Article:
The "check engine" light is part of your car's so-called onboard diagnostics (OBD) system. Since the 1980s, computers increasingly have controlled and monitored vehicle performance, regulating such variables as engine speed (RPM), fuel mixture, and ignition timing. In some cars, the computer also tells the automatic transmission when to shift.
There are hundreds of codes that could trigger your CHECK ENGINE LIGHT for thousands of reasons. Even the most common reasons can have many other possible causes. Listed below are some of the top CHECK ENGINE LIGHT codes:
- Problem with the Mass Air Flow (MAF) sensor or circuit.
- System Running Too Lean.
- System Running Too Rich.
- Cylinder Misfire.
- Knock Sensor Circuit Malfunction.
- Insufficient EGR (Exhaust Gas Recirculation) Flow.
- Catalyst System Efficiency below Threshold.
These are just a few of the hundreds of codes, causes and symptoms, each has multiple fixes.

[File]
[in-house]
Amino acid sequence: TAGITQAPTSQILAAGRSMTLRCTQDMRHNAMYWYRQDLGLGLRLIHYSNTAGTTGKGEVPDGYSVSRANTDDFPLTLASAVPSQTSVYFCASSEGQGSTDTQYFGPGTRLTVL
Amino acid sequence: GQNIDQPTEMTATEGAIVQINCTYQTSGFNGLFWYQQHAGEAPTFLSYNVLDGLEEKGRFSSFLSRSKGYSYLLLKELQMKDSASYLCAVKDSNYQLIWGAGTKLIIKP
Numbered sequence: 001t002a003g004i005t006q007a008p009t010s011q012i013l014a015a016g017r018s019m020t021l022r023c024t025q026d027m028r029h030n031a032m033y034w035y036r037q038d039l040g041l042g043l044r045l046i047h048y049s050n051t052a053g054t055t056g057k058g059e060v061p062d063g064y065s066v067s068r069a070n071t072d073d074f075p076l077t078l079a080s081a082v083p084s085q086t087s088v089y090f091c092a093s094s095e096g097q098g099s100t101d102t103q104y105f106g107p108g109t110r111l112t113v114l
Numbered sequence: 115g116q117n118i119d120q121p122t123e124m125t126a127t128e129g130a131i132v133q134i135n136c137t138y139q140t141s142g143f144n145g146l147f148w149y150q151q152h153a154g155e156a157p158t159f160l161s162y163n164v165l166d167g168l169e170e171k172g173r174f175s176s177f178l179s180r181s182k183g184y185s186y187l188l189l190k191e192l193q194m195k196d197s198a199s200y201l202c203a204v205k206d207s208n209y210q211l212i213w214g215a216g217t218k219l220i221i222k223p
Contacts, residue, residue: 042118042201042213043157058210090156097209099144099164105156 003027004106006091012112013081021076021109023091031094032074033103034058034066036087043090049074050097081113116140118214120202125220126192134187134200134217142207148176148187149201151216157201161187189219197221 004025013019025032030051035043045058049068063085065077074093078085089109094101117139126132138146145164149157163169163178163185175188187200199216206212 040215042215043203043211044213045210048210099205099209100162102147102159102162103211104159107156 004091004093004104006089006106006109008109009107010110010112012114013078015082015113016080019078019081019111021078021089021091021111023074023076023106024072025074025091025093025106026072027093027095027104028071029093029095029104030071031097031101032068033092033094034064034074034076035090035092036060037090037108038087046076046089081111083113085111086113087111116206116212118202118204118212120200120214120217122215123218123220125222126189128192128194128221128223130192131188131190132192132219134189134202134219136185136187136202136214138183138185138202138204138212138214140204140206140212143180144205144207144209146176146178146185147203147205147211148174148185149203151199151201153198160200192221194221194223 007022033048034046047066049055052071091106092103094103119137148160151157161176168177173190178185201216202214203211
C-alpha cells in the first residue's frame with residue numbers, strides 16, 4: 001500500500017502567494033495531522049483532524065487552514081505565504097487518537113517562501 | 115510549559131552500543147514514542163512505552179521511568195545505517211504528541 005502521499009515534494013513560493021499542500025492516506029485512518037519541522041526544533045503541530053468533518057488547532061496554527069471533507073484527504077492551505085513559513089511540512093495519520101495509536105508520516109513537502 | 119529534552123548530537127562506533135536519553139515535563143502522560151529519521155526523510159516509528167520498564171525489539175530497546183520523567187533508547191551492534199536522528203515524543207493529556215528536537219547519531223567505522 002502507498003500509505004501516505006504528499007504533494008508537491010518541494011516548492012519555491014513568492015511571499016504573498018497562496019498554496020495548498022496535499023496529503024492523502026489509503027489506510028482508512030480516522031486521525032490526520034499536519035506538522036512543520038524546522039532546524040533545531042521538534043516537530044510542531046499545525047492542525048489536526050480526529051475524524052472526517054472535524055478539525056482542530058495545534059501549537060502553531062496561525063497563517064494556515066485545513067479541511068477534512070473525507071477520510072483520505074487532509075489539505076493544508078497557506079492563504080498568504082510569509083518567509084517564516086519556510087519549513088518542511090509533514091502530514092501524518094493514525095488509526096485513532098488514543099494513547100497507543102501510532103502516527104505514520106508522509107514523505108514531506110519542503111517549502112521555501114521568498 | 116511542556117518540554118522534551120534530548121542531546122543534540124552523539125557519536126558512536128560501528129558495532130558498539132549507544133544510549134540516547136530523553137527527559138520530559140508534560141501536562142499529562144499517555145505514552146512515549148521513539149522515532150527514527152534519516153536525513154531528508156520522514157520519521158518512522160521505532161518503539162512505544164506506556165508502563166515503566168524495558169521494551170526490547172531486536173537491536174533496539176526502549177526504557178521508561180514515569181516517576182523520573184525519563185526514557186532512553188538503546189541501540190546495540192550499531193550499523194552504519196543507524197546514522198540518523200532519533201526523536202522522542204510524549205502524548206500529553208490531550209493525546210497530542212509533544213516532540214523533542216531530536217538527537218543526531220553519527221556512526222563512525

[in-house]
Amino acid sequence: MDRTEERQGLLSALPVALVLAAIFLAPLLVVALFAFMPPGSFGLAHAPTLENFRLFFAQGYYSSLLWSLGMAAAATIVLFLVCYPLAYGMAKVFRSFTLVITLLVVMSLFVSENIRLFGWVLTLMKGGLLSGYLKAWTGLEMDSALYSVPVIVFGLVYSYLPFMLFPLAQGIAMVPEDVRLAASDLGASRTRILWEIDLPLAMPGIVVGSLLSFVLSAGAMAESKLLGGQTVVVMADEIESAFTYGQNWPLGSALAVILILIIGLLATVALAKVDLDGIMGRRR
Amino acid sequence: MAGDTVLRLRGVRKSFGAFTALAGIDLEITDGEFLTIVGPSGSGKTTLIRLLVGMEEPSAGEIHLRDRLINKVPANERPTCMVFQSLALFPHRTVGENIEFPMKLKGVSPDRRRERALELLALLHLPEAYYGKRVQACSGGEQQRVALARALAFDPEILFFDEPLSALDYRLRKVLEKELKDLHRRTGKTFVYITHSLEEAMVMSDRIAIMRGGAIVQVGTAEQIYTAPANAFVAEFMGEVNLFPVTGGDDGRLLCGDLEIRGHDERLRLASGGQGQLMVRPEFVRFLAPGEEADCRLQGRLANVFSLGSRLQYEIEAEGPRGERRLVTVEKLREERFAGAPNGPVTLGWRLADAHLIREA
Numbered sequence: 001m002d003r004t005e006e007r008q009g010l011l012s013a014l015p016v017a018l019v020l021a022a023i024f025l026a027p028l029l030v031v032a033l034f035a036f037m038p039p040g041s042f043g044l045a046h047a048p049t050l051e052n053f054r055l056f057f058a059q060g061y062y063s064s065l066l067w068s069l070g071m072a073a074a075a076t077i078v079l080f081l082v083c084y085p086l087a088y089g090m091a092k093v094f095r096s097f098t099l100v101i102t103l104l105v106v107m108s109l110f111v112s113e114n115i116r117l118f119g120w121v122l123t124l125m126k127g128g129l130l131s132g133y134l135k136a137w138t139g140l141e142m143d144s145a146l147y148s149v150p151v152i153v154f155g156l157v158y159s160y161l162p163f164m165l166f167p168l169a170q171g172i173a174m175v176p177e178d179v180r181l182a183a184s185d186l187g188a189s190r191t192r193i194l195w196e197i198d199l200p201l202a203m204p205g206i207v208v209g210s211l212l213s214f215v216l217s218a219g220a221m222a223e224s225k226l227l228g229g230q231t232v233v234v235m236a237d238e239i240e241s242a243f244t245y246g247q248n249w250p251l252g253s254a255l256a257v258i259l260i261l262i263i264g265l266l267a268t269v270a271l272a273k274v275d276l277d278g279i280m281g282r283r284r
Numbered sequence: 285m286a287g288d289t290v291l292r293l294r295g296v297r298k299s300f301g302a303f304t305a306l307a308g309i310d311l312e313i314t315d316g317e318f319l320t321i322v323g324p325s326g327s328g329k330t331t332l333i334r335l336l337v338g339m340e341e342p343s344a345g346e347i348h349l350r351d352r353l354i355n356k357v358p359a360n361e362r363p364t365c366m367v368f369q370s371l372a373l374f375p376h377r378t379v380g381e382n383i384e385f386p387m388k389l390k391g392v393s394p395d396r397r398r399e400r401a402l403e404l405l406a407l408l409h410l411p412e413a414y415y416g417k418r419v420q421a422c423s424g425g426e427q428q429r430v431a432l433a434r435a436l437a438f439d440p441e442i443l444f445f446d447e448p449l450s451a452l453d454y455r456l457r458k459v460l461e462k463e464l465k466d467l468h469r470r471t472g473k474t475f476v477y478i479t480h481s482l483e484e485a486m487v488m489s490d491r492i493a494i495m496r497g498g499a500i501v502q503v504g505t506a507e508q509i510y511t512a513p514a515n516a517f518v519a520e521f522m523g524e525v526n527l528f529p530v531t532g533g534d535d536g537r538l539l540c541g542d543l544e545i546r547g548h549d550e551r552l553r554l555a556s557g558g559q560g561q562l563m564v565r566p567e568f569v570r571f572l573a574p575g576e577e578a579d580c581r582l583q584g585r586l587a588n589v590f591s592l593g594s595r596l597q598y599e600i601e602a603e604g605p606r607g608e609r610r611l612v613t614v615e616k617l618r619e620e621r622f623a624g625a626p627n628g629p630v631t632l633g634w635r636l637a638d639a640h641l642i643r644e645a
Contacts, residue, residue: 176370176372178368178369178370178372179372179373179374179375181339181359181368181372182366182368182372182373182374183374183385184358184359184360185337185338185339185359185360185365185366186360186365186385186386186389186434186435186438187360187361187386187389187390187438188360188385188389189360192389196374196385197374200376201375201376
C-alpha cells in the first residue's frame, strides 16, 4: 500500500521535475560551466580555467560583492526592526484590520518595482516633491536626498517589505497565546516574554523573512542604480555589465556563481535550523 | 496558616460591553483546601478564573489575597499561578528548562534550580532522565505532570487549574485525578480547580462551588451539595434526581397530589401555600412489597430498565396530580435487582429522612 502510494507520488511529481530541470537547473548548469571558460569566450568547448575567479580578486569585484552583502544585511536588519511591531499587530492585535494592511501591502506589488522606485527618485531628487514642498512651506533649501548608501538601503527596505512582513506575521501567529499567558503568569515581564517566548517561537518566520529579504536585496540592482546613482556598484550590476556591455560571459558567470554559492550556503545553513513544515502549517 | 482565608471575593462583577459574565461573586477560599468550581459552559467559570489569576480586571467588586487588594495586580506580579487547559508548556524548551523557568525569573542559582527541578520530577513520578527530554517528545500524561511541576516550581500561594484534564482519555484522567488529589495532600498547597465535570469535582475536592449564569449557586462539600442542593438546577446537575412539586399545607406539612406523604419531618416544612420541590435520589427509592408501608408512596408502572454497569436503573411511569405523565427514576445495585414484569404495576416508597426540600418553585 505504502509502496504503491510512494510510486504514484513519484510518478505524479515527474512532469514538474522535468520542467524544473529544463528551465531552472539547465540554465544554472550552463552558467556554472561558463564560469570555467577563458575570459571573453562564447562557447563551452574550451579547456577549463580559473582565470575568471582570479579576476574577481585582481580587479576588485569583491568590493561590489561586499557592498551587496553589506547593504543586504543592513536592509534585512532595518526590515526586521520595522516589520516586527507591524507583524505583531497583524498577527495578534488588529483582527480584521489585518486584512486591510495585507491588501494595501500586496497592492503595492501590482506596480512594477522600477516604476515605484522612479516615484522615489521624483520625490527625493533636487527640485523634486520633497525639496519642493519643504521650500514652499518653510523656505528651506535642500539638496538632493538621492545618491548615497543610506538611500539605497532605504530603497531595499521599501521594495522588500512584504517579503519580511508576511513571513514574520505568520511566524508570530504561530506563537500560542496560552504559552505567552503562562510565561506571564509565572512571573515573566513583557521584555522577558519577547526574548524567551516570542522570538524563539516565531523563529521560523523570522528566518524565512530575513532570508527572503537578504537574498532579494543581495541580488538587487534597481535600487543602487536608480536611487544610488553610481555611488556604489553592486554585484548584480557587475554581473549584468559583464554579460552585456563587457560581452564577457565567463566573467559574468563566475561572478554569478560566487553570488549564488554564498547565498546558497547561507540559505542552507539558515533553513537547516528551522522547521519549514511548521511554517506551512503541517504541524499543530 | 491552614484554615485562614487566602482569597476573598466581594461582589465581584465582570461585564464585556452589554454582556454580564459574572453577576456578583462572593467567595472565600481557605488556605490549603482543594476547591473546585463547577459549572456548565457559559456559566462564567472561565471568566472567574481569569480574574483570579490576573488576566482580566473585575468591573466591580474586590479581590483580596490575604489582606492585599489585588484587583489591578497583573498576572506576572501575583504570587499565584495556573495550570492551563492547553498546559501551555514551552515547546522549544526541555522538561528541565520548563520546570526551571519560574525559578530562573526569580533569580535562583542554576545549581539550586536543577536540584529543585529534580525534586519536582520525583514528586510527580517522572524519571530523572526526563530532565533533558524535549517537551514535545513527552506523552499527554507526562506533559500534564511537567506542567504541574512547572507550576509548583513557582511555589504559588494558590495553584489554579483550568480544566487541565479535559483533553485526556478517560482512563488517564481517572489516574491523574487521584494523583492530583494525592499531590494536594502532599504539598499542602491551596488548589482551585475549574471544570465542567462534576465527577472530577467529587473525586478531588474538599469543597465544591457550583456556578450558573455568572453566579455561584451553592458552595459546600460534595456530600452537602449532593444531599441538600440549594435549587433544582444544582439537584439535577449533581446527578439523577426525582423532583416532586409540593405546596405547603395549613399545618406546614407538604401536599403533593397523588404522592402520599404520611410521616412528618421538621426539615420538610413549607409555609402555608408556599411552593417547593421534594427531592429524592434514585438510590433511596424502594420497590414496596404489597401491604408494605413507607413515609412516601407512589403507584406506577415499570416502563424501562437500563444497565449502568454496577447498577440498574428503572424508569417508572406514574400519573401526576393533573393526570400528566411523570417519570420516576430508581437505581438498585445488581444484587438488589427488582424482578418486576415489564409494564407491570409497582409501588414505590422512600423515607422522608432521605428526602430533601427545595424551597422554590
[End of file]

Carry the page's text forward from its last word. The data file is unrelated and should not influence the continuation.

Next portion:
What happens when I ignore the Check Engine Light or put off service?
A non-flashing Check Engine Light, is usually a less severe problem that should be checked as soon as possible.
A flashing Check Engine Light means your vehicle senses a critical system error (such as a major cylinder misfire ) & you need immediate attention before potentially breaking down and possibly damaging other critical & expensive parts. In this case, continuing to drive can lead to further damage rather quickly or can leave you stranded.
Modern vehicles come equipped with an onboard computer diagnostic system (OBD II) that monitors your vehicle's operations. The OBD II system monitors emissions control systems. That means the monitors can detect anything from a loose fuel cap to a clogged catalytic converter.